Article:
Saturday, February 21, 2015
Looking at the Loot from the Corcoran
When: through May 3, 2015
Art lovers in the Washington DC area are well aware of the events surrounding the closure of the Corcoran Gallery of Art and the acquisition by the National Gallery of their collection. For those of you not familiar with this saga, I would direct you to the Washington Post's coverage of the decision to close, the litigation surrounding this decision and the final disposal of the building, the art school and the works of art. All you need to know for the purposes of this blog post is that there used to be an art museum in DC called the Corcoran; it has closed due to financial difficulties, and the National Gallery of Art has obtained the collection.
The Gallery has spent an enormous amount of time and energy in evaluating the works, and has added some items to its collection already. When the full evaluation process is complete, more items will come to the Gallery and others will be given to other institutions in the local area.
Visitors currently have an opportunity to see some of the lovely items obtained from the Corcoran in two small shows currently up at the National Gallery. One, on the ground floor, highlights works on paper created between 1860 and 1990; the other, on the main floor, features American masterworks from 1815 - 1940.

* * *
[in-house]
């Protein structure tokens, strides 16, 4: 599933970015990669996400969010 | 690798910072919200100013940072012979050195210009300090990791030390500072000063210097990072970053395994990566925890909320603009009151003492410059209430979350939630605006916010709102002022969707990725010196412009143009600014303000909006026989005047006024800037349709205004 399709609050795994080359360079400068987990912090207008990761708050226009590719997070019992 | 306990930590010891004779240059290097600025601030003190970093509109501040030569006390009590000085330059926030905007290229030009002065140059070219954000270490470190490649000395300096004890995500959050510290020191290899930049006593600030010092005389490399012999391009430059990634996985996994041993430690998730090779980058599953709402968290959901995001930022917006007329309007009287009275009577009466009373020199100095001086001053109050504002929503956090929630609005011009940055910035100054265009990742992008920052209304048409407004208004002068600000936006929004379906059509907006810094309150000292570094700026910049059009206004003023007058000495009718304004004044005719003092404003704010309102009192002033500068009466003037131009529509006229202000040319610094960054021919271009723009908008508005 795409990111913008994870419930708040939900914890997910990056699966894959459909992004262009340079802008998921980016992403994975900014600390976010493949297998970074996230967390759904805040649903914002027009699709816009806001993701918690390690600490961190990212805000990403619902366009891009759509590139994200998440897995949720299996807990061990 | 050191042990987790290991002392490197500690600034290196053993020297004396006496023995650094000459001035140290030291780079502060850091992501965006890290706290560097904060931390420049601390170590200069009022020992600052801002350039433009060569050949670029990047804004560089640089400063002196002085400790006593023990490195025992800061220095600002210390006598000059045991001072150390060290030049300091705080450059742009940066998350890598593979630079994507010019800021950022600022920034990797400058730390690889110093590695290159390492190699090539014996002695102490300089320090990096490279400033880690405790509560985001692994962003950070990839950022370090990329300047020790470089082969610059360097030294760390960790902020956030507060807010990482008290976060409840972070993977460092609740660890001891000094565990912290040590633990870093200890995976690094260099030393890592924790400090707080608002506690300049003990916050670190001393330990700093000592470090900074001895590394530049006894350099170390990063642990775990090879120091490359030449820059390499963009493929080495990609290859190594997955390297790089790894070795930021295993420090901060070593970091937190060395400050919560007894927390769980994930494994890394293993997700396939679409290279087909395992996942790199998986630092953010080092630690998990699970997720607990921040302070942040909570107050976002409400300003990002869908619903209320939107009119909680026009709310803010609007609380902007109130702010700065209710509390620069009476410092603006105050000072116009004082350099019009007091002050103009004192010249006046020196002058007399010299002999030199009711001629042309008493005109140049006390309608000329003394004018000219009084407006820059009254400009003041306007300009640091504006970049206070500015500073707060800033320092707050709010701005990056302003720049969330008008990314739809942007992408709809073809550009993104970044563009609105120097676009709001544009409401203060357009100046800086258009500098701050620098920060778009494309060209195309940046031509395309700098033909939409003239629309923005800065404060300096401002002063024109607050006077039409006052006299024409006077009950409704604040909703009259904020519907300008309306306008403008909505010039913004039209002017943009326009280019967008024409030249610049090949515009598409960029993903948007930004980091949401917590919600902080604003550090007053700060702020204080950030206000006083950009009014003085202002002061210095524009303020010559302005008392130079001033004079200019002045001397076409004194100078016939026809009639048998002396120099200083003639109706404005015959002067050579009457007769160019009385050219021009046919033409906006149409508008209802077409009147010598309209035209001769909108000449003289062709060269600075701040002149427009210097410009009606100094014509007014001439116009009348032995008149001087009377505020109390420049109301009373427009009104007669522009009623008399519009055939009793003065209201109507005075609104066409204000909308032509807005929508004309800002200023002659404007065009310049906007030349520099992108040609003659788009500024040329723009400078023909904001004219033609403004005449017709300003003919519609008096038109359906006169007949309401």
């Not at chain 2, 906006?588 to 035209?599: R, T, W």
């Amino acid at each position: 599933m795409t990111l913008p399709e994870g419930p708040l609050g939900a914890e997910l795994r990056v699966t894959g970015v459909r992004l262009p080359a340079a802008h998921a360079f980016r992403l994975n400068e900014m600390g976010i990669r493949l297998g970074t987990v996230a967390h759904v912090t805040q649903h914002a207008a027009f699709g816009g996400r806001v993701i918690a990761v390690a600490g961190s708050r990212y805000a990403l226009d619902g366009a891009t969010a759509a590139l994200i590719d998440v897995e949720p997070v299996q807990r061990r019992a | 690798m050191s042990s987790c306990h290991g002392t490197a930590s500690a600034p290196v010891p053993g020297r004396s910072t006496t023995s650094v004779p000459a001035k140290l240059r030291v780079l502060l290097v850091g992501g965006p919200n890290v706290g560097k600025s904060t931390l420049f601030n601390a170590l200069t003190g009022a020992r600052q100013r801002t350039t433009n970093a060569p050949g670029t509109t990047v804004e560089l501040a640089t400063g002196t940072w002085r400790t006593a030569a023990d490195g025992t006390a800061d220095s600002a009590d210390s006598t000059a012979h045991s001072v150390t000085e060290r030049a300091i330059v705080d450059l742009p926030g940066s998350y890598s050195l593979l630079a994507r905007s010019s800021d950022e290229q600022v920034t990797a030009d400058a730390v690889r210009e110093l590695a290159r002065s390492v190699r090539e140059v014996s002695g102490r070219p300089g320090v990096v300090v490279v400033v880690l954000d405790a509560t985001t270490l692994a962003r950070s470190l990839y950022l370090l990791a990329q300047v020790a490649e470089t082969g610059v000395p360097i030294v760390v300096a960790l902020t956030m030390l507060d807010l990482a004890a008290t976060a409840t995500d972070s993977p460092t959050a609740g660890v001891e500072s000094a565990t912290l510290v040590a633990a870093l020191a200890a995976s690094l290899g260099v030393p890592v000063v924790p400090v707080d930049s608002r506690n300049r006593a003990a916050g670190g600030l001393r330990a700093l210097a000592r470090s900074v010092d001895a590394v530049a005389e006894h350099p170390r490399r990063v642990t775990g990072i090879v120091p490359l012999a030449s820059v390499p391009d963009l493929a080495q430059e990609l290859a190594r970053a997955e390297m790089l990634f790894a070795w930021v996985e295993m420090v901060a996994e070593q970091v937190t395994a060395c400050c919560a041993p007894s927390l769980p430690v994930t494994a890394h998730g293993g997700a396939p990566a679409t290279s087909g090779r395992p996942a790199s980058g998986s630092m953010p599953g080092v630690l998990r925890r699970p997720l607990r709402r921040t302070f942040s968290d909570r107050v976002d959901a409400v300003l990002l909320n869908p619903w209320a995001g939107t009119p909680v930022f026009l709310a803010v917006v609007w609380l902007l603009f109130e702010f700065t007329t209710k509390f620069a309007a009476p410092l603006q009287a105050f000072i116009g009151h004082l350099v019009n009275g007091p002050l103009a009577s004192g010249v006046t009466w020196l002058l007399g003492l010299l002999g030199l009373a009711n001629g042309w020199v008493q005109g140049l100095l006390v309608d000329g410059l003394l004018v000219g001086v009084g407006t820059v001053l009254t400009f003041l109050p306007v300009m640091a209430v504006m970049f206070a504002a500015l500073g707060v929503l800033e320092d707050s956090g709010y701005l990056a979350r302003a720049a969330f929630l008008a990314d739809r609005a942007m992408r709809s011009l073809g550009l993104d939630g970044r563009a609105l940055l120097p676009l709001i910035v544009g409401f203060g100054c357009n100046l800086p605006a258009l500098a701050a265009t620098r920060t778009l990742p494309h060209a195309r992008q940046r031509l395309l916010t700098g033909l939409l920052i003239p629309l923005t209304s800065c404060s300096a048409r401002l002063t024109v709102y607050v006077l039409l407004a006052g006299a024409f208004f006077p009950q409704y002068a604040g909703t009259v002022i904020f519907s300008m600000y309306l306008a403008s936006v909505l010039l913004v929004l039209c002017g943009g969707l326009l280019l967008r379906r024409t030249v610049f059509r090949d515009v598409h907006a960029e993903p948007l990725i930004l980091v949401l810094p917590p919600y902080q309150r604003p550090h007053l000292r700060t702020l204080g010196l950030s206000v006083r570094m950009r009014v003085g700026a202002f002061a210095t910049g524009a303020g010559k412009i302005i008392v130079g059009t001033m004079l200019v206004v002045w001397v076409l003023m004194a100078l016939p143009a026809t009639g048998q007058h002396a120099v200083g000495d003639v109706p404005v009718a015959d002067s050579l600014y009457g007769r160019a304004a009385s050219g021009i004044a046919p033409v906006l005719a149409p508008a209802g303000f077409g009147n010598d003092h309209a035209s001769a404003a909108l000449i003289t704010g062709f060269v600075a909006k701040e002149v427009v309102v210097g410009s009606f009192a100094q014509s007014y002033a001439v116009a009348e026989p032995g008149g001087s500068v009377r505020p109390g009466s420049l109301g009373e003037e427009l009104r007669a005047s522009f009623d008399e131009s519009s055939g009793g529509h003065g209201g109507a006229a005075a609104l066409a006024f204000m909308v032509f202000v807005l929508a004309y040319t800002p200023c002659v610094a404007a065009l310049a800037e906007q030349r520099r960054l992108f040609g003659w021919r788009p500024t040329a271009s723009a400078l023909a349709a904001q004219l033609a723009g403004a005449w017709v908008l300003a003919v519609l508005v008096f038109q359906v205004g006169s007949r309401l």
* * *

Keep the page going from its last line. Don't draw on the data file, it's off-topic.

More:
There are works I liked very much in both shows, which are easily managed in one lunch hour. The works on paper includes the wonderful Homer piece pictured here - he's not all depressing seascapes and dead fish. Here you feel you're out on a lake enjoying a summer day, a welcome thought as DC's temperatures plunge into the single digits. There's also a Calder, which looks mobile-esque, even though it's a drawing. I was also drawn (no pun intended) to Sol Lewitt's "Bands of Lines in Four Directions." Good color in that, I thought.
Where the works on paper feature small pieces, the masterworks show has some quite large items. Not just the Niagara painting pictured above (note: a reproduction really doesn't do it justice), but a Samuel Morse painting of the House of Representatives and Hiram Powers' Greek Slave sculpture. She's placed in the middle of the first room, but I must say, I prefer her position by the staircase in the Corcoran.
It was fun for me to see things I'd first glimpsed on my tour of the Corcoran last fall, but it made me realize how melancholy those who loved that museum must be to see these items go elsewhere. I suppose they can take solace in knowing that the works are staying in DC, and will be well cared for and (I'm assuming) on display. As for myself, I'm quite eager to know what will happen to the Yinka Shonibare piece I saw there on my visit. The National Gallery has decided to take it, but I don't know where exactly it will go. Perhaps to the newly renovated East Building?
Verdict: The Corcoran's loss is the National Gallery's gain - come see some of what they've carted off.